Installing Baseboard and Chair Rail using Coped Joints

by luke on April 26, 2013

Baseboard and Chair Rail: Using a Coping Saw

Dogfish Head IPAFinish work is often the most rewarding part of the any project. Although there is often frustration with any carpentry project, if you use the correct techniques and have the right tools available you’ll do fine. Expect to make mis-cuts, and to use your (planned) scrap to practice making coped joints.

Our suggested beer pairing (upon successful completion) is a 6 pack of Dogfish Head 60min IPA, Americas Favorite IPA.

What you will need:

  1. Miter saw- power (60+ tooth blade) or hand saw is OK as long as you can make clean 45 degree cuts
  2. Coping saw- with an extra blade (blade should cut on the “push” stroke. This will reduce chipping of finish or enamel when coping.)
  3. Level(s)- Depending on how long your runs are could be 10”- 6ft
  4. A work table for making coped joints
  5. 120 grit sand paper (optional)
  6. Glue (outside corners)
  7. Wood filler (for nail holes)
  8. Tape measure
  9. Pencils
  10. Finish nails/brads (Outside corners: 18ga 1 1/4″. General fastening: 15ga 2″ are common)

What will be nice to have:

  1. 10” Sliding Miter Saw w/stand
  2. Table Saw
  3. Random orbit sander w/ 180 grit
  4. Finish Nailer/Brad Gun with 1 ¾  – 2 ½ inch nails for attaching trim to walls.

Getting Started

Once you begin, you’ll be making a lot of trips between your work/cutting area and your installation area. You’ll definitely want to minimize walking distance as much as possible.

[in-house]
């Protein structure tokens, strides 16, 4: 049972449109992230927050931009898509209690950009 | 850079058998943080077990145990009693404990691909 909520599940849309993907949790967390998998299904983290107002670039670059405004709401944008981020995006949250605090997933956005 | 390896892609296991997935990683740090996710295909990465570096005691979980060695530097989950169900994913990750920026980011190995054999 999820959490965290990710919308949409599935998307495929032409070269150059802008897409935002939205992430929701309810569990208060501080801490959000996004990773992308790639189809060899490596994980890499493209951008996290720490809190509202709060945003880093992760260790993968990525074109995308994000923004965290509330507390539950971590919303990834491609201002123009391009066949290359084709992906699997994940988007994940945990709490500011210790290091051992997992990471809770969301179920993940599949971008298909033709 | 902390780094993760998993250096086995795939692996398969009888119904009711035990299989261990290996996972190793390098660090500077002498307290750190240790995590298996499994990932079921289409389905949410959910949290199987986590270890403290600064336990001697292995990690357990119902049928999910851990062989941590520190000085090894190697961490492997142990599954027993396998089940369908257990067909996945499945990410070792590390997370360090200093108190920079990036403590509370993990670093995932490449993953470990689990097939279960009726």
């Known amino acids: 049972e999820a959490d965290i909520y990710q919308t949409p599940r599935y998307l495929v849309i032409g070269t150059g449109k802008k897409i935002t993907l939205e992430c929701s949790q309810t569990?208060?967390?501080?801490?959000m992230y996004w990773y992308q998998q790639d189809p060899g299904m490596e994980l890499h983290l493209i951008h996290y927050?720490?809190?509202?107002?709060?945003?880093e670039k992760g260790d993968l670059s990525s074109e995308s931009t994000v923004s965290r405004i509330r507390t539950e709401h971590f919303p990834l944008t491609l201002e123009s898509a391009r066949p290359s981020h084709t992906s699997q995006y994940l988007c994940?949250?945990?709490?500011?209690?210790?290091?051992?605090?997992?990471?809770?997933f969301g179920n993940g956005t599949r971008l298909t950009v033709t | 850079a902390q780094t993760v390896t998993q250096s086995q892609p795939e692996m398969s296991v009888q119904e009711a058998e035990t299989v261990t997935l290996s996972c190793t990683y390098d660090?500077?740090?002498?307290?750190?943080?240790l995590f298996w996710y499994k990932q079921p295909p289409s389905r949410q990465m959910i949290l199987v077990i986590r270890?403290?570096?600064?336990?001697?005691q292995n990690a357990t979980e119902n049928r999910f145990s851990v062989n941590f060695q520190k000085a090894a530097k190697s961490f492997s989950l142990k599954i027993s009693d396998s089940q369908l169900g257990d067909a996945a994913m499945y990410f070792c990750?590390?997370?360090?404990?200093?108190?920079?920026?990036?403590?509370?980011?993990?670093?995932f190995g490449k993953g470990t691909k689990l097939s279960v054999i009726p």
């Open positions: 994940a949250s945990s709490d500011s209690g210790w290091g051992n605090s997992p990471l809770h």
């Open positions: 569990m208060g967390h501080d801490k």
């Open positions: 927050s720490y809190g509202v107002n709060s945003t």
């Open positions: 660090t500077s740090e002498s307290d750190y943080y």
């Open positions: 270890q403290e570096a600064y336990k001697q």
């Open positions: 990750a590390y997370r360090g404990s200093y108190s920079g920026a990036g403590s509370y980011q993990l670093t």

Coping joints has been a standard practice of finish carpenters for hundreds of years, it seems that with the invention of the “box store” and the availability of miter saws, standard practice has become two 45-degree angles paired together. This method is easy, saves time, and to an extent…works great. However, there are several advantages to coping vs simply mitering.

  • Coping your inside corners will help compensate for material expansion and contraction. It also allows for some variation in the angle of the wall.
  • The ability to cope either piece around the other allows you to consider the angle of the viewer. By coping the correct piece you are able to limit the ability to look squarely at the joint. Our depth perception will not even notice a 1/16” separation. Whereas a “head on” view of a joint will easily show the separation as well as a telltale shadow. Always consider ways to decrease exposure and hide the joint as much as possible.

Running your first pieces:


Coping Pieces

You can begin by running your straight pieces, even those these are “straight” I like to use a 2-degree miter to each end to compensate for any unevenness in the corner. It is with these straight pieces your coped pieces will join. On this project my straight pieces will be the 2 opposite short walls of the sink and toilet.
Note: The most common viewing positions in this room will be from either long end of the room, facing the other end. By running the two opposite short walls as my straight pieces, I have decreased the “exposure” of the actual joints.

Making Cuts:

Mitering Trim

This is where you’d expect things to get really complicated… so take a deep breath, remember the 60 min IPA will be waiting, and stay with me!